Patient advocacy groups in Europe are evolving at a fast pace. They are becoming more effective and professional advocates for the patients and conditions they represent, while continuing to help their members by breaking through the barriers of isolation experienced by many people with serious and debilitating conditions.
There is a huge diversity of groups, from those with broad geographical reach, representing millions of patients, to others which are local in nature and run by a small number of committed individuals. Regardless of size and experience, the entire patient community is becoming more aware of its ability to influence and shape the healthcare system so that it meets their needs better. And they are learning to use this influence more effectively.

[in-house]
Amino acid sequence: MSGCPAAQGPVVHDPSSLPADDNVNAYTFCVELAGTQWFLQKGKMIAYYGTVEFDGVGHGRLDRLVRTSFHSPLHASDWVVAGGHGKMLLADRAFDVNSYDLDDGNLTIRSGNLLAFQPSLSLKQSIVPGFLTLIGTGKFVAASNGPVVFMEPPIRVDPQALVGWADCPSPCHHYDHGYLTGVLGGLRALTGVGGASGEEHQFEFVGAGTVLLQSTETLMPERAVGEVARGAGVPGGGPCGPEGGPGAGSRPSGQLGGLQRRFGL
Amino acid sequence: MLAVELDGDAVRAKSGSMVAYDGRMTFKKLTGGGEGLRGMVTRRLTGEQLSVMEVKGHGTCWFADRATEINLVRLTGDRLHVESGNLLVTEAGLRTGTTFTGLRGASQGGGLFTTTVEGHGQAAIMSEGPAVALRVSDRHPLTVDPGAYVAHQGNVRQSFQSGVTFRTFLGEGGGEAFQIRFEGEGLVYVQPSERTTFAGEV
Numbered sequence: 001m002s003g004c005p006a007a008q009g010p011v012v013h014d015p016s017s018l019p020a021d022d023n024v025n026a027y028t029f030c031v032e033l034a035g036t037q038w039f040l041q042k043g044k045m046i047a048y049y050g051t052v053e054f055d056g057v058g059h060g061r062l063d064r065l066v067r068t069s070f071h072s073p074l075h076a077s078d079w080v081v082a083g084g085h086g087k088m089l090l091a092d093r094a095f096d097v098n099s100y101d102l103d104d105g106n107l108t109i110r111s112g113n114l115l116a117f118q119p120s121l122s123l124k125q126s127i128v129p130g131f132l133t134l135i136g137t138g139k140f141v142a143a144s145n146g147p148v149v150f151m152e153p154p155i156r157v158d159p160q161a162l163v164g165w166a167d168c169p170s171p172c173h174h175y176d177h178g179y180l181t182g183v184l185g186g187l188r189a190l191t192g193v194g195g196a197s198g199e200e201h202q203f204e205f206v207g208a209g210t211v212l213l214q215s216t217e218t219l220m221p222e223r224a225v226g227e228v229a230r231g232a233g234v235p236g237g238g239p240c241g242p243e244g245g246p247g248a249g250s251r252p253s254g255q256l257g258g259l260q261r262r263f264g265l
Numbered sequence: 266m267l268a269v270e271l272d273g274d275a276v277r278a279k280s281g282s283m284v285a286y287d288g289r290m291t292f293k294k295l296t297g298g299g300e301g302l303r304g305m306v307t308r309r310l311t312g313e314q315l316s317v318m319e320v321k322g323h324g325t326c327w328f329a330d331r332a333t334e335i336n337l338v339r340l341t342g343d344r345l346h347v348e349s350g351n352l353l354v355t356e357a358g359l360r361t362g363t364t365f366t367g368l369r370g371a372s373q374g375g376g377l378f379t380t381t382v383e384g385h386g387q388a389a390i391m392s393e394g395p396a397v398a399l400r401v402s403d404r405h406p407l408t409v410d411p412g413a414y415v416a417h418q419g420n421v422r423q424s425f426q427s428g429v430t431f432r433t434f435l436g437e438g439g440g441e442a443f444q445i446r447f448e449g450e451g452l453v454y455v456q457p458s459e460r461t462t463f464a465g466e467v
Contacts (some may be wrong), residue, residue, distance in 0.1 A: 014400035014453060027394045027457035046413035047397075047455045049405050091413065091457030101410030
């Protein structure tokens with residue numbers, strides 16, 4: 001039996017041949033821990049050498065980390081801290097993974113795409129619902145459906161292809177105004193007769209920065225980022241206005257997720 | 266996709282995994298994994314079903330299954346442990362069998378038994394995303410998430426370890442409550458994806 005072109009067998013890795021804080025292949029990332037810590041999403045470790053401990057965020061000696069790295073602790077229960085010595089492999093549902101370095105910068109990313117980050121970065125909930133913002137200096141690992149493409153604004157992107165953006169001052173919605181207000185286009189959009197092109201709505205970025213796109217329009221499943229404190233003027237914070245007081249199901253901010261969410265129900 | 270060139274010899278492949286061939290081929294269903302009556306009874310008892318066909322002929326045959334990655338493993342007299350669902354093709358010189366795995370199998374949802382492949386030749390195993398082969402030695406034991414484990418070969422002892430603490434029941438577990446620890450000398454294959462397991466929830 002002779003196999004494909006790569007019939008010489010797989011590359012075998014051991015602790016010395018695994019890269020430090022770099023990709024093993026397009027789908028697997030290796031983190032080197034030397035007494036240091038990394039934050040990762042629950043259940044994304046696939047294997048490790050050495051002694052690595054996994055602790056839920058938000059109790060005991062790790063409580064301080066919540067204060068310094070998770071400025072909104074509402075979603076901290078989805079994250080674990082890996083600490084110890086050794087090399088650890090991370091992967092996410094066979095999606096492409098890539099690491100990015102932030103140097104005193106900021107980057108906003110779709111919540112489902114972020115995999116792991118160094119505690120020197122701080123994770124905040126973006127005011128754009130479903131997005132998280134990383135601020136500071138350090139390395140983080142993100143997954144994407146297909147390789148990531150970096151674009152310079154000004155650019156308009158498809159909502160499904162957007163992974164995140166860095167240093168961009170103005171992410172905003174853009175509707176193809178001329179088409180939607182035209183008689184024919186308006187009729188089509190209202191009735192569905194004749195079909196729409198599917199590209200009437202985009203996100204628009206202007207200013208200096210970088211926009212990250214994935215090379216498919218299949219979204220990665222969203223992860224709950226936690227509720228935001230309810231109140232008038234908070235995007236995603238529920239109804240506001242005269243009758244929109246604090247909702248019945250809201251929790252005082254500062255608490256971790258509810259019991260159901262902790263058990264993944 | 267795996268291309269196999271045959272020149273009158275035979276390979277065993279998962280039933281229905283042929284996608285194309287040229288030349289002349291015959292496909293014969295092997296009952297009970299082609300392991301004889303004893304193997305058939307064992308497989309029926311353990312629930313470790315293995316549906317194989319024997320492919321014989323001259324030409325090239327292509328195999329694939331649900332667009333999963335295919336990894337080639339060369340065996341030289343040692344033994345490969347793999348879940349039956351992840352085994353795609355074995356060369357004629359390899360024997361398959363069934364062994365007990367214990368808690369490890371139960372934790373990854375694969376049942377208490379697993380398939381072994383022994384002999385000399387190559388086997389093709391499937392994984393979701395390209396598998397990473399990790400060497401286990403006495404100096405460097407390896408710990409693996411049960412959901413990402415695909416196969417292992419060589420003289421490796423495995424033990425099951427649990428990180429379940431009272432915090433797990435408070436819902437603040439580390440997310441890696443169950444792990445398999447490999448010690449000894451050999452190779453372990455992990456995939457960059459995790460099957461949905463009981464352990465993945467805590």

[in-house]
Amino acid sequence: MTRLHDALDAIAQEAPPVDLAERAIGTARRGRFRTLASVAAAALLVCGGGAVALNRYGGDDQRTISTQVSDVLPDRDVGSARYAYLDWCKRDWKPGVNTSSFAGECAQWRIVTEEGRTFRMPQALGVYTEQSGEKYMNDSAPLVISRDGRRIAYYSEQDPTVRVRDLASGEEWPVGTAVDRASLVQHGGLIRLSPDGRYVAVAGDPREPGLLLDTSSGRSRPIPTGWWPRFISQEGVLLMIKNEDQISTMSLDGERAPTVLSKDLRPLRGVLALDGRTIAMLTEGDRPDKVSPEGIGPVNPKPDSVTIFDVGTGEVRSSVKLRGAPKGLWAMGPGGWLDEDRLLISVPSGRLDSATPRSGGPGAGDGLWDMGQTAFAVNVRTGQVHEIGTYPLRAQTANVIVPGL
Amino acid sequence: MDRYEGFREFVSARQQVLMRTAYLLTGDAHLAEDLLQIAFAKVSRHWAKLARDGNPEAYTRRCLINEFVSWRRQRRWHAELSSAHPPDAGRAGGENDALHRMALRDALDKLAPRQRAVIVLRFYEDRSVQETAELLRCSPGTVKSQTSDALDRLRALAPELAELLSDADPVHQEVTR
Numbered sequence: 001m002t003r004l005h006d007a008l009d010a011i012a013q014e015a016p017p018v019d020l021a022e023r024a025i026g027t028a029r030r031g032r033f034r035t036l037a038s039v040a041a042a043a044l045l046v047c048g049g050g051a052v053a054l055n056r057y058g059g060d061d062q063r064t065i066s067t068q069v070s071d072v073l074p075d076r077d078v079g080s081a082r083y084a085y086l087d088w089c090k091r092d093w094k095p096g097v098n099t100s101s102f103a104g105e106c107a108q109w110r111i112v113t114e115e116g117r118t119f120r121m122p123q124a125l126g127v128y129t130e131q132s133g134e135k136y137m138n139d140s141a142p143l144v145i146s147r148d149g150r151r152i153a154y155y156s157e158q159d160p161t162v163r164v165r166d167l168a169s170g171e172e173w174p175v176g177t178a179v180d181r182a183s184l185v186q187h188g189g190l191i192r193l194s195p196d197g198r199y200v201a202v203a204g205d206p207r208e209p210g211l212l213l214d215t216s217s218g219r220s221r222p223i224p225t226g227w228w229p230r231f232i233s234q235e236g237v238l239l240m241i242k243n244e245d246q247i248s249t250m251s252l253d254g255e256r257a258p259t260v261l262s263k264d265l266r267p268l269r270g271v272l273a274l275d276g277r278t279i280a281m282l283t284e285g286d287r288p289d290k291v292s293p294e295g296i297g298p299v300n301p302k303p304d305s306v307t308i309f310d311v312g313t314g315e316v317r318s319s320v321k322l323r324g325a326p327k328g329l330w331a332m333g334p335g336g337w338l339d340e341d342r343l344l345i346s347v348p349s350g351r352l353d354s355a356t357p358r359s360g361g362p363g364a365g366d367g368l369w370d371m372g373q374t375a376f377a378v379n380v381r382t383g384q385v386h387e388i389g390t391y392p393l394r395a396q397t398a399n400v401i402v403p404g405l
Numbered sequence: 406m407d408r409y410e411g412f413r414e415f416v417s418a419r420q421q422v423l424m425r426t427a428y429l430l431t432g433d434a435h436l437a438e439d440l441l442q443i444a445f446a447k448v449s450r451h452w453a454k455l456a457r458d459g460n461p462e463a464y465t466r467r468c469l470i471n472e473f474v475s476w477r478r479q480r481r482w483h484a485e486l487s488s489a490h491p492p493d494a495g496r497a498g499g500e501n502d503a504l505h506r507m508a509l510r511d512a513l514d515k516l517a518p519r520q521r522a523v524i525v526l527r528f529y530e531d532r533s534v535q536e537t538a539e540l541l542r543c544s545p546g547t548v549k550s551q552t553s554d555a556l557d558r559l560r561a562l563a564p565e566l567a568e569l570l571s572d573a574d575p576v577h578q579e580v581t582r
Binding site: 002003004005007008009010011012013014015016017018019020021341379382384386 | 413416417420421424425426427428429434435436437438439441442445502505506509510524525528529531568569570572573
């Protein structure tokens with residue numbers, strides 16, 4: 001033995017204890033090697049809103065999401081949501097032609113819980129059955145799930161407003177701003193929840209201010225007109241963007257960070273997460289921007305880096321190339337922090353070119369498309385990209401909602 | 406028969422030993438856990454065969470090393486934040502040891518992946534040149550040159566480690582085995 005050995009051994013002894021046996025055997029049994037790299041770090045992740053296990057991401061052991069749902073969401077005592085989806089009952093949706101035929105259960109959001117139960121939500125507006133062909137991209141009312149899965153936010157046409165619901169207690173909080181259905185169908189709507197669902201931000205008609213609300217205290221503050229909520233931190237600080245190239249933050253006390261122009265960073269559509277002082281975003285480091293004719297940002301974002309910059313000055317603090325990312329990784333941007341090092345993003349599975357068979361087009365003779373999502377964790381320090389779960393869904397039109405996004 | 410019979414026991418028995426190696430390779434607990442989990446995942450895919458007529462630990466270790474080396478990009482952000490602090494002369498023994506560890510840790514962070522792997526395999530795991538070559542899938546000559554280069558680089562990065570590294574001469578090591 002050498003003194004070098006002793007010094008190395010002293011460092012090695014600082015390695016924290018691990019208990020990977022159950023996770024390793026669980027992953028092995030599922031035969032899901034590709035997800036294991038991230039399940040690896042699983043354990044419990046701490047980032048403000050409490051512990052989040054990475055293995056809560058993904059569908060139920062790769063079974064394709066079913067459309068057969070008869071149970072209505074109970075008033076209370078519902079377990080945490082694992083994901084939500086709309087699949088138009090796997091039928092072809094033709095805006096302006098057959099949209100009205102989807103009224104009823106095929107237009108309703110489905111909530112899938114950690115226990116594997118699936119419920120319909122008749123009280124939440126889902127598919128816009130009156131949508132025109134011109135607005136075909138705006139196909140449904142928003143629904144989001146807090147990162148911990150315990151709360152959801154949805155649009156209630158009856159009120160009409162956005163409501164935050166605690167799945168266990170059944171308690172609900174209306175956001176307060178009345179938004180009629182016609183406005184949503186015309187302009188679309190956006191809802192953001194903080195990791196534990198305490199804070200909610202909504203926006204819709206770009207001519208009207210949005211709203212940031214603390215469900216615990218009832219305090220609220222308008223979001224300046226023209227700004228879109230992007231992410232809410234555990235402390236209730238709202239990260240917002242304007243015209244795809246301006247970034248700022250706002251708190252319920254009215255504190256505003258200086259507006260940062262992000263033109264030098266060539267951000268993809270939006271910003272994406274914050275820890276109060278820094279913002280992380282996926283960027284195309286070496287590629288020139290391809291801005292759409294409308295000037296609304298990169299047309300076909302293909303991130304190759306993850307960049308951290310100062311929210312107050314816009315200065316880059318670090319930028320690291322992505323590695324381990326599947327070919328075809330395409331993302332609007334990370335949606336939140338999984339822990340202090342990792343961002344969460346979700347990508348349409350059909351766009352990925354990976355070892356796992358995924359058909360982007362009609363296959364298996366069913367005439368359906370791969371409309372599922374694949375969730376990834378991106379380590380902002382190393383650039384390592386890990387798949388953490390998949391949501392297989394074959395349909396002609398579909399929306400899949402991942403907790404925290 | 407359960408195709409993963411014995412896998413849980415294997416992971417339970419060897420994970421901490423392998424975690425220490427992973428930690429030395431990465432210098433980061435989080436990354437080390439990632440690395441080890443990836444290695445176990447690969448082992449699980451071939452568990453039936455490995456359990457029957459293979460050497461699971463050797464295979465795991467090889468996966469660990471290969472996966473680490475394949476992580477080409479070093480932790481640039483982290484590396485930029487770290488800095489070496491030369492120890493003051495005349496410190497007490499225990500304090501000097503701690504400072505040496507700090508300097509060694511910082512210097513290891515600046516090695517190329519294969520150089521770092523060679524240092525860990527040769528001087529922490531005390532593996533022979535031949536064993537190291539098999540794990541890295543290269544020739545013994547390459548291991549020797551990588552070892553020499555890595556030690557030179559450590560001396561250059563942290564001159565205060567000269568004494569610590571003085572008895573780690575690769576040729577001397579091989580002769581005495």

Across healthcare, it is arguably patients whose engagement and perceptions have been changed most dramatically by information technologies, such as the internet, forums and social media. These platforms have eroded the traditional asymmetry around access to information between industry, medical professionals and patients. They have enabled individuals, families and carers to become better informed and educated about their conditions, the clinical development and commercialisation process, and the options available. In Europe, initiatives such as EUPATI and the EURORDIS Summer School have been instrumental in developing patient experts who are able to converse on an equal footing with researchers and physicians about clinical trials, health technology assessments and Real-World Evidence studies.